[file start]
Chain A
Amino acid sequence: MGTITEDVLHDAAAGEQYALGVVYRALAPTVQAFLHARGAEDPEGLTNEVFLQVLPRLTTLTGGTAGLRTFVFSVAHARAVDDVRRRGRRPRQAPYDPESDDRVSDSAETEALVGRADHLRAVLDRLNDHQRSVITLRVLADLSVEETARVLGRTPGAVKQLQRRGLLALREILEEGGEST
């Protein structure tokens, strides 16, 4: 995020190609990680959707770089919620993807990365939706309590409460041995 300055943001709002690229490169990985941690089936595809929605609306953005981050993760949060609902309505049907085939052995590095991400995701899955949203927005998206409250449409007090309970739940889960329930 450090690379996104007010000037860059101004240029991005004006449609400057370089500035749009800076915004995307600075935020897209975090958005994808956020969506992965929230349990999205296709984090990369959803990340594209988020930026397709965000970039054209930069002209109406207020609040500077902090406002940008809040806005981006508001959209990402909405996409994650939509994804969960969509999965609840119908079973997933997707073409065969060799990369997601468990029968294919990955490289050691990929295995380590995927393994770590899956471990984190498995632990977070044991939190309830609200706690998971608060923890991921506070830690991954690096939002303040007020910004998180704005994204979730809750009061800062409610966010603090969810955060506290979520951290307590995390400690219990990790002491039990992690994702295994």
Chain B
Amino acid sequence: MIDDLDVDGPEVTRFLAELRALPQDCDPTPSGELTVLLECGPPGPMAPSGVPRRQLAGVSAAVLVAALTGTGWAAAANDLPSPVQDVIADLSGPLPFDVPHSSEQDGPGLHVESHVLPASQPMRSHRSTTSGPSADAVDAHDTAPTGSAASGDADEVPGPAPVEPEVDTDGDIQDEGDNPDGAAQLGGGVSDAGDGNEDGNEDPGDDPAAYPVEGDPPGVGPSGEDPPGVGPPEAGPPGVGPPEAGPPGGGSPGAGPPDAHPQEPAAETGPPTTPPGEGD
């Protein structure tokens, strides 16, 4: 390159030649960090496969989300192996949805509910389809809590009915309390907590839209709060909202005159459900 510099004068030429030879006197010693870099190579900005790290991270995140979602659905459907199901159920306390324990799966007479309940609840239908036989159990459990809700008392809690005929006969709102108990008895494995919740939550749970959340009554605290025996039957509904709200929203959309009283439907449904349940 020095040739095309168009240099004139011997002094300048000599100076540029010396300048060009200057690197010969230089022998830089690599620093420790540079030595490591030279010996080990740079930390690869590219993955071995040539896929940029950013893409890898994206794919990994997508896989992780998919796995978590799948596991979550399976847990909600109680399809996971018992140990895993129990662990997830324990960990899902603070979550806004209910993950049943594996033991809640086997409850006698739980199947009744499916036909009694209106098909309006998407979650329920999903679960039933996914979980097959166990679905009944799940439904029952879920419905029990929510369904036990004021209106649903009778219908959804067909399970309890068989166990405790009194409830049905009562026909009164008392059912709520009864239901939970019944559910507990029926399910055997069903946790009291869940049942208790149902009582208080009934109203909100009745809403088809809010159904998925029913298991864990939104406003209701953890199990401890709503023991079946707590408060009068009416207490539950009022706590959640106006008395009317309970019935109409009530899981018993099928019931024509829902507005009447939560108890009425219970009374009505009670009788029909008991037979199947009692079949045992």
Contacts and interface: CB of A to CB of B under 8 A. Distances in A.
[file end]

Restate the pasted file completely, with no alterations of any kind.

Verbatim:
Chain A
Amino acid sequence: MGTITEDVLHDAAAGEQYALGVVYRALAPTVQAFLHARGAEDPEGLTNEVFLQVLPRLTTLTGGTAGLRTFVFSVAHARAVDDVRRRGRRPRQAPYDPESDDRVSDSAETEALVGRADHLRAVLDRLNDHQRSVITLRVLADLSVEETARVLGRTPGAVKQLQRRGLLALREILEEGGEST
């Protein structure tokens, strides 16, 4: 995020190609990680959707770089919620993807990365939706309590409460041995 300055943001709002690229490169990985941690089936595809929605609306953005981050993760949060609902309505049907085939052995590095991400995701899955949203927005998206409250449409007090309970739940889960329930 450090690379996104007010000037860059101004240029991005004006449609400057370089500035749009800076915004995307600075935020897209975090958005994808956020969506992965929230349990999205296709984090990369959803990340594209988020930026397709965000970039054209930069002209109406207020609040500077902090406002940008809040806005981006508001959209990402909405996409994650939509994804969960969509999965609840119908079973997933997707073409065969060799990369997601468990029968294919990955490289050691990929295995380590995927393994770590899956471990984190498995632990977070044991939190309830609200706690998971608060923890991921506070830690991954690096939002303040007020910004998180704005994204979730809750009061800062409610966010603090969810955060506290979520951290307590995390400690219990990790002491039990992690994702295994």
Chain B
Amino acid sequence: MIDDLDVDGPEVTRFLAELRALPQDCDPTPSGELTVLLECGPPGPMAPSGVPRRQLAGVSAAVLVAALTGTGWAAAANDLPSPVQDVIADLSGPLPFDVPHSSEQDGPGLHVESHVLPASQPMRSHRSTTSGPSADAVDAHDTAPTGSAASGDADEVPGPAPVEPEVDTDGDIQDEGDNPDGAAQLGGGVSDAGDGNEDGNEDPGDDPAAYPVEGDPPGVGPSGEDPPGVGPPEAGPPGVGPPEAGPPGGGSPGAGPPDAHPQEPAAETGPPTTPPGEGD
């Protein structure tokens, strides 16, 4: 390159030649960090496969989300192996949805509910389809809590009915309390907590839209709060909202005159459900 510099004068030429030879006197010693870099190579900005790290991270995140979602659905459907199901159920306390324990799966007479309940609840239908036989159990459990809700008392809690005929006969709102108990008895494995919740939550749970959340009554605290025996039957509904709200929203959309009283439907449904349940 020095040739095309168009240099004139011997002094300048000599100076540029010396300048060009200057690197010969230089022998830089690599620093420790540079030595490591030279010996080990740079930390690869590219993955071995040539896929940029950013893409890898994206794919990994997508896989992780998919796995978590799948596991979550399976847990909600109680399809996971018992140990895993129990662990997830324990960990899902603070979550806004209910993950049943594996033991809640086997409850006698739980199947009744499916036909009694209106098909309006998407979650329920999903679960039933996914979980097959166990679905009944799940439904029952879920419905029990929510369904036990004021209106649903009778219908959804067909399970309890068989166990405790009194409830049905009562026909009164008392059912709520009864239901939970019944559910507990029926399910055997069903946790009291869940049942208790149902009582208080009934109203909100009745809403088809809010159904998925029913298991864990939104406003209701953890199990401890709503023991079946707590408060009068009416207490539950009022706590959640106006008395009317309970019935109409009530899981018993099928019931024509829902507005009447939560108890009425219970009374009505009670009788029909008991037979199947009692079949045992």
Contacts and interface: CB of A to CB of B under 8 A. Distances in A.